While Venus's weather at ground level is pretty boring - a steady 800 degrees Farenheit and heavy sulfuric acid clouds - it all gets a bit more interesting further up, say NASA scientists.
While Earth has seasons because its rotation axis is tilted by about 23 degrees, Venus has been tilted so much it's almost completely upside down. This gives it a net tilt of less than three degrees from the sun, so the seasonal effect is negligible.
"Also, its orbit is even more circular than Earth's, which prevents it from getting significantly hotter or cooler by moving closer to or further away from the sun. And while you might expect things to cool down at night - especially since Venus rotates so slowly that its night lasts almost two Earth months - the thick atmosphere and sulfuric acid clouds act like a blanket while winds move heat around, keeping temperatures pretty even," says Dr Tim Livengood, a researcher with the National Center for Earth and Space Science Education.
"Finally, almost all the planet's water has escaped to space, so you don't get any storms or precipitation like on Earth where water evaporates and condenses as clouds."
However, a new study of old data has revealed strange things going on at about 68 miles above the planet's surface, in the mesosphere and the thermosphere.
"Although the air over the polar regions in these upper atmospheric layers on Venus was colder than the air over the equator in most measurements, occasionally it appeared to be warmer," says Dr Theodor Kostiuk of NASA Goddard.
"In Earth's atmosphere, a circulation pattern called a 'Hadley cell' occurs when warm air rises over the equator and flows toward the poles, where it cools and sinks. Since the atmosphere is denser closer to the surface, the descending air gets compressed and warms the upper atmosphere over Earth's poles. We saw the opposite on Venus."
In addition, although the surface temperature is fairly even, the team observed changes of up to 54 degrees Fahrenheit within a few Earth days in the mesosphere. While the poles appeared more stable, there were still changes of up to 27 degrees Fahrenheit.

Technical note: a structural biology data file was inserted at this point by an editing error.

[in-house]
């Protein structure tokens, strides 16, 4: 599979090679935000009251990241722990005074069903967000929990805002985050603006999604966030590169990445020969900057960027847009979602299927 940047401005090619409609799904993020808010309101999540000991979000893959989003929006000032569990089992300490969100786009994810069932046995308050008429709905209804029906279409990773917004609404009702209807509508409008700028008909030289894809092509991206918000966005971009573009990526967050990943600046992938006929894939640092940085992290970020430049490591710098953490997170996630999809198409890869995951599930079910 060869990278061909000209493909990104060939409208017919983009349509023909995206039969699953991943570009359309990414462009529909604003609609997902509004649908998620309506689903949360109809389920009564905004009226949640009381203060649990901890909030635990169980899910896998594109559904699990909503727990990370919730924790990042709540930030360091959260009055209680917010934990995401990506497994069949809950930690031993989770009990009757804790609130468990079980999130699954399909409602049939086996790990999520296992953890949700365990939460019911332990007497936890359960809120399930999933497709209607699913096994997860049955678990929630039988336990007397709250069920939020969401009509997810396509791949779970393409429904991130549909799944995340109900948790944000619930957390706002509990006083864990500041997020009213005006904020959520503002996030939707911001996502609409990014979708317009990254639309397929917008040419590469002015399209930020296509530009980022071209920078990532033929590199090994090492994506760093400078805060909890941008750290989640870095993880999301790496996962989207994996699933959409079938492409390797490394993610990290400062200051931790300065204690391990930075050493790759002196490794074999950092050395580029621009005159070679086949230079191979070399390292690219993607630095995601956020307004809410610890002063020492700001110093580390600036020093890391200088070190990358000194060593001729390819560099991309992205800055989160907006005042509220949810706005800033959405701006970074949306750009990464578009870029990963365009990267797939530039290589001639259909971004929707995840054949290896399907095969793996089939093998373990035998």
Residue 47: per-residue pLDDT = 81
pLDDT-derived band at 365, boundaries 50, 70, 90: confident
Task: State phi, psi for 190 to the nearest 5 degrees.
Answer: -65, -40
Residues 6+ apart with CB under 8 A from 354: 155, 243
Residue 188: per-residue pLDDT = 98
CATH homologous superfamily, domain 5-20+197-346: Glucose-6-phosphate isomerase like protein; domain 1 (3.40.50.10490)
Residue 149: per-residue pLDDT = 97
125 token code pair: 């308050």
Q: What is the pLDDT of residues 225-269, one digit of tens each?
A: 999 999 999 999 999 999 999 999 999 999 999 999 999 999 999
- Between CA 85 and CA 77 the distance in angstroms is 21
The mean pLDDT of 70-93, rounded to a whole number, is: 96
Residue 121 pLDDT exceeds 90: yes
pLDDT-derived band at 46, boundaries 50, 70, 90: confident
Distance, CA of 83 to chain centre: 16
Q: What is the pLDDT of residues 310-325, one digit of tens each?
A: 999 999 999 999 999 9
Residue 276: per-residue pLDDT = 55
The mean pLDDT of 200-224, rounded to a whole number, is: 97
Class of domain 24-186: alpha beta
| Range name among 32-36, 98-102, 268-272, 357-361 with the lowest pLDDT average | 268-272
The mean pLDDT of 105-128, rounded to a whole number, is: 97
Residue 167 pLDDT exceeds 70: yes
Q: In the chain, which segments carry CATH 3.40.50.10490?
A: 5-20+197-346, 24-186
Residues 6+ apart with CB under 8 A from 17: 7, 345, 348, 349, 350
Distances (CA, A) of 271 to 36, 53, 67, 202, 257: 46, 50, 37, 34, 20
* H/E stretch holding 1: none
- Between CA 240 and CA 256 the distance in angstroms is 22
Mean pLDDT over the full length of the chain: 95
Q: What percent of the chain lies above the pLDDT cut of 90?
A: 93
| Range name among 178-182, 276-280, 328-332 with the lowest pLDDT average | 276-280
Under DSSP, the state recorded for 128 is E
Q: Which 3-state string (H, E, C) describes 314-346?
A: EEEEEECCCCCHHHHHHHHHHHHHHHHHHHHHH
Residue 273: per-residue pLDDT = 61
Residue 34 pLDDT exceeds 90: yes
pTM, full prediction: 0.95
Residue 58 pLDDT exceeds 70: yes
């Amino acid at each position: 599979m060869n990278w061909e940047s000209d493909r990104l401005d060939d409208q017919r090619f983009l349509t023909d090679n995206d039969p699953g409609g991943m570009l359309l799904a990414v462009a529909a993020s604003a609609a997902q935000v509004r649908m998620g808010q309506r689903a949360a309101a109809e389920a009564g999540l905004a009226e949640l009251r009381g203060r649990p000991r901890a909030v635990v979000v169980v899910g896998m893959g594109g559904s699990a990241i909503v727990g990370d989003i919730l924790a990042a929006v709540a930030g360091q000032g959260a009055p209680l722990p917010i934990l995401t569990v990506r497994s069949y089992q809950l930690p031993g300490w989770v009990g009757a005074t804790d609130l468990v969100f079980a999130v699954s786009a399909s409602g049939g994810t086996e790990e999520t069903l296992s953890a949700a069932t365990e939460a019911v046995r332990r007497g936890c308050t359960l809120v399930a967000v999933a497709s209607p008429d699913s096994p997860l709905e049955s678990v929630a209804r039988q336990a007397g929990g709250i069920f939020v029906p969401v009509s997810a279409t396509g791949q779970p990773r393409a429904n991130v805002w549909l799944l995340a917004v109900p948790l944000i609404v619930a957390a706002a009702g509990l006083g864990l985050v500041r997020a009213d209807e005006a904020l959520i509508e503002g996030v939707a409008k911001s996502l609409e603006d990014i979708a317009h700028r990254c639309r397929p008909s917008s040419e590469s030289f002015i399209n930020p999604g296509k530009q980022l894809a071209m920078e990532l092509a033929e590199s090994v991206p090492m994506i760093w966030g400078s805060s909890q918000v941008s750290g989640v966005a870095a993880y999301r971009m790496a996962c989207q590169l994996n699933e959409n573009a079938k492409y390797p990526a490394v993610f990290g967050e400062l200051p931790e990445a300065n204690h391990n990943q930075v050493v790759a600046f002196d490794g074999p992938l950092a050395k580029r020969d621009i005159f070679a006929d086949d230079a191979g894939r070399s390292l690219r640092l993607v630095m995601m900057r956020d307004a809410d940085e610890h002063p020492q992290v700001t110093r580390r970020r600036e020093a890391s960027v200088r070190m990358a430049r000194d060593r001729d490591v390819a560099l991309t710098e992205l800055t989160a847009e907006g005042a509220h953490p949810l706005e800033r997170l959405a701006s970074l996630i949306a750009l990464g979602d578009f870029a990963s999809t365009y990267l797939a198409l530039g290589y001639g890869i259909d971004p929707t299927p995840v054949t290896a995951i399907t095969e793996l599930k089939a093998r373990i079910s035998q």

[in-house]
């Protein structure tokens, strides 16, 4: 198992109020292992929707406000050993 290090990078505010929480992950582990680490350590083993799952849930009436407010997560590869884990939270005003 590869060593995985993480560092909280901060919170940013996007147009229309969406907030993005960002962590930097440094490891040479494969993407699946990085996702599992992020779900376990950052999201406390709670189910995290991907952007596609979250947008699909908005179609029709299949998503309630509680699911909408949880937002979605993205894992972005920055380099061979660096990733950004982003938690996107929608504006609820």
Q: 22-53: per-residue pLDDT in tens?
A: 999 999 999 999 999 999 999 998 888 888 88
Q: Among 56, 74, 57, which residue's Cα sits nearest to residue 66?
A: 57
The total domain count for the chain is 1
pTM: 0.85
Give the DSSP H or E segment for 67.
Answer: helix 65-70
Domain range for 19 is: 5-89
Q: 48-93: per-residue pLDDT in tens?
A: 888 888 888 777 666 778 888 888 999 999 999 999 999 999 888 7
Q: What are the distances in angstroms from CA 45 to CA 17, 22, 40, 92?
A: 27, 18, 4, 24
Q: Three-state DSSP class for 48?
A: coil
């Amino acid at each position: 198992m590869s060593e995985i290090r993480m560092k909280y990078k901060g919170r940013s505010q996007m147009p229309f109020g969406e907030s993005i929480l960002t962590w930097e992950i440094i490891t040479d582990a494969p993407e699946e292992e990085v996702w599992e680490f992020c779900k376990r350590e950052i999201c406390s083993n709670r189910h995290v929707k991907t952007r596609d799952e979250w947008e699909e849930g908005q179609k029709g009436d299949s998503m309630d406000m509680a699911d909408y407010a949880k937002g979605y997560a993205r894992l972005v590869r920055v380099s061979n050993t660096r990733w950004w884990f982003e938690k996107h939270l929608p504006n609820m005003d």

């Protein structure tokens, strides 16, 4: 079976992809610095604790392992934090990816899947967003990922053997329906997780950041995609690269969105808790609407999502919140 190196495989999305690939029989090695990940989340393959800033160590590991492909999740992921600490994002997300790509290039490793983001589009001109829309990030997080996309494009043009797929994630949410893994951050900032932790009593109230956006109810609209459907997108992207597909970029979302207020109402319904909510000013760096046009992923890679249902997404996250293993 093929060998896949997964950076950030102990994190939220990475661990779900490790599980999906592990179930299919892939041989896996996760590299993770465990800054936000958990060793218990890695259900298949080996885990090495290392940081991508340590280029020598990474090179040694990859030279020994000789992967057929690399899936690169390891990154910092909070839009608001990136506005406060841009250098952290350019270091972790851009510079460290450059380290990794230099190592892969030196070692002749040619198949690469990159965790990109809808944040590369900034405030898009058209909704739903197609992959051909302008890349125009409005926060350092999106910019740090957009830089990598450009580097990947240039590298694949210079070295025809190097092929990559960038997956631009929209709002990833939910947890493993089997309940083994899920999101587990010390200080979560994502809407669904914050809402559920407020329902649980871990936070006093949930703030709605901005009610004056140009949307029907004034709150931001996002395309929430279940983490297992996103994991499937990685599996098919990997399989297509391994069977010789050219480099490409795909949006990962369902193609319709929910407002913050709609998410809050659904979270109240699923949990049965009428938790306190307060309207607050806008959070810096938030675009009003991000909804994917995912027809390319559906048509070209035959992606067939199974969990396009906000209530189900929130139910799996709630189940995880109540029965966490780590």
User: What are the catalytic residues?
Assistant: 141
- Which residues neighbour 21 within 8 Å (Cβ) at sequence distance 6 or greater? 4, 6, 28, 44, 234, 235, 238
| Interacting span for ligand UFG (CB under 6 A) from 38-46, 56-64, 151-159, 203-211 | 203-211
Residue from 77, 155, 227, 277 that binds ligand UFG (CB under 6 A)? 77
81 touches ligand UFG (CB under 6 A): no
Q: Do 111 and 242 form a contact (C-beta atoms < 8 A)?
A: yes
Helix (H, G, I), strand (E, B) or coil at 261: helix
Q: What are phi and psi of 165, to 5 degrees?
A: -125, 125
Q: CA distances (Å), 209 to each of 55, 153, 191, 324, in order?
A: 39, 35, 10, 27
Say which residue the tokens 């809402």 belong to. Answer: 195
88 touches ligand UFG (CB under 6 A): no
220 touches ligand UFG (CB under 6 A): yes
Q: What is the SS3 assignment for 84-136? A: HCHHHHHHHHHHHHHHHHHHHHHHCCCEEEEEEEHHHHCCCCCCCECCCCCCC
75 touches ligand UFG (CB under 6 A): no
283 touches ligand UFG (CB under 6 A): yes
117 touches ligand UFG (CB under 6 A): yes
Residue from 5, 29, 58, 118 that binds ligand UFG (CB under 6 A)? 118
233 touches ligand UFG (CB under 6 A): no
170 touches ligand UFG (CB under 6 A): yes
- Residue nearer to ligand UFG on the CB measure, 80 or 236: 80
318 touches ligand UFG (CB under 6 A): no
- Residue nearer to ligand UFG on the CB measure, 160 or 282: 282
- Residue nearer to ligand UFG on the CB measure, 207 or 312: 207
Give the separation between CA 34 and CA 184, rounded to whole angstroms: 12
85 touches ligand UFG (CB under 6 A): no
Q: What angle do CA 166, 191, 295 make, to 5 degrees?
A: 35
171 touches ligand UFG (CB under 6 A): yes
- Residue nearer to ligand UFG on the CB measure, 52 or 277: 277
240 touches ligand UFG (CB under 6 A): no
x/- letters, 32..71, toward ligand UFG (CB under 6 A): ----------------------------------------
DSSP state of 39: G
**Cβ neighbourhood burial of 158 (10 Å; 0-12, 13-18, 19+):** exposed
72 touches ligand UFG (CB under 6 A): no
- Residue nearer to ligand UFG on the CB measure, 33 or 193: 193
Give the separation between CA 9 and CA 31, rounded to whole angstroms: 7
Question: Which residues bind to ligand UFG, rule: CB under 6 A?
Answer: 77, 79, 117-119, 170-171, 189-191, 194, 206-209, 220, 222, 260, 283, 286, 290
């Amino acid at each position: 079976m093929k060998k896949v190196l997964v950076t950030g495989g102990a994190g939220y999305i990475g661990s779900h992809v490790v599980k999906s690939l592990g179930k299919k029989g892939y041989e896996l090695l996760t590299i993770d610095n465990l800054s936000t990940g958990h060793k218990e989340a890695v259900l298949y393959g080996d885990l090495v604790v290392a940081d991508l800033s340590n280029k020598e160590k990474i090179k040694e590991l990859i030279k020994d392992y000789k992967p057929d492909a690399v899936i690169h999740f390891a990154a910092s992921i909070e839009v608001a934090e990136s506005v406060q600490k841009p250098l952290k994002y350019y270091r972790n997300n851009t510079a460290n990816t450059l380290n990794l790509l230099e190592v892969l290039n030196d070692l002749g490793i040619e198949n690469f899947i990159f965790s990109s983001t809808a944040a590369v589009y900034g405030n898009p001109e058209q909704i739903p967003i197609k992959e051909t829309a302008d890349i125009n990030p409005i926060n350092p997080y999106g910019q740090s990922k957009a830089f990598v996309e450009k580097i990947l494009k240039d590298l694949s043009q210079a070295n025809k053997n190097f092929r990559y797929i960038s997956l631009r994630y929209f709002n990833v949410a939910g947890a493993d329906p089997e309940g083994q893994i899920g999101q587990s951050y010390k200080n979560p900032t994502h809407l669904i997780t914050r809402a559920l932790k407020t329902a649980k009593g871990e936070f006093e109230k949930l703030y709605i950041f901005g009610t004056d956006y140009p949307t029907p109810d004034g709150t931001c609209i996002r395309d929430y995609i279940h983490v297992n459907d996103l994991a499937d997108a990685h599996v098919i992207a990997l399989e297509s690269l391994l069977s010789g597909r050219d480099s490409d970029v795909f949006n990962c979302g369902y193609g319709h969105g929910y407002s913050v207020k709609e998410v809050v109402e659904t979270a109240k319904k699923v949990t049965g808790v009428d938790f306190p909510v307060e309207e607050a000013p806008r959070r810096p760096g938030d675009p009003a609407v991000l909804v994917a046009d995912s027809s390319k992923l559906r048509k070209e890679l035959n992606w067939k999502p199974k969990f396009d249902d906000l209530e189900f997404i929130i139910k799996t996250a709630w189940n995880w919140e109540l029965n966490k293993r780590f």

This variability could have many possible causes, according to the team. Turbulence from global air currents at different altitudes flowing at more than 200 miles per hour in opposite directions could exchange hot air from below with cold air from above to force changes in the upper atmosphere. The giant vortexes which swirl around each pole could also generate turbulence and change the pressure, causing the temperature to vary.
And because the atmospheric layersare above the cloud blanket, they may be affected by changes in sunlight intensity as day transitions to night, or as latitude increases toward the poles - or even be affected by solar activity.
Changes were seen over periods spanning days, weeks and a decade. Temperatures measured in 1990-91 are warmer than in 2009.
"In addition to all these changes, we saw warmer temperatures than those predicted for this altitude by the leading accepted model, the Venus International Reference Atmosphere model," said Kostiuk. "This tells us that we have lots of work to do updating our upper atmospheric circulation model for Venus."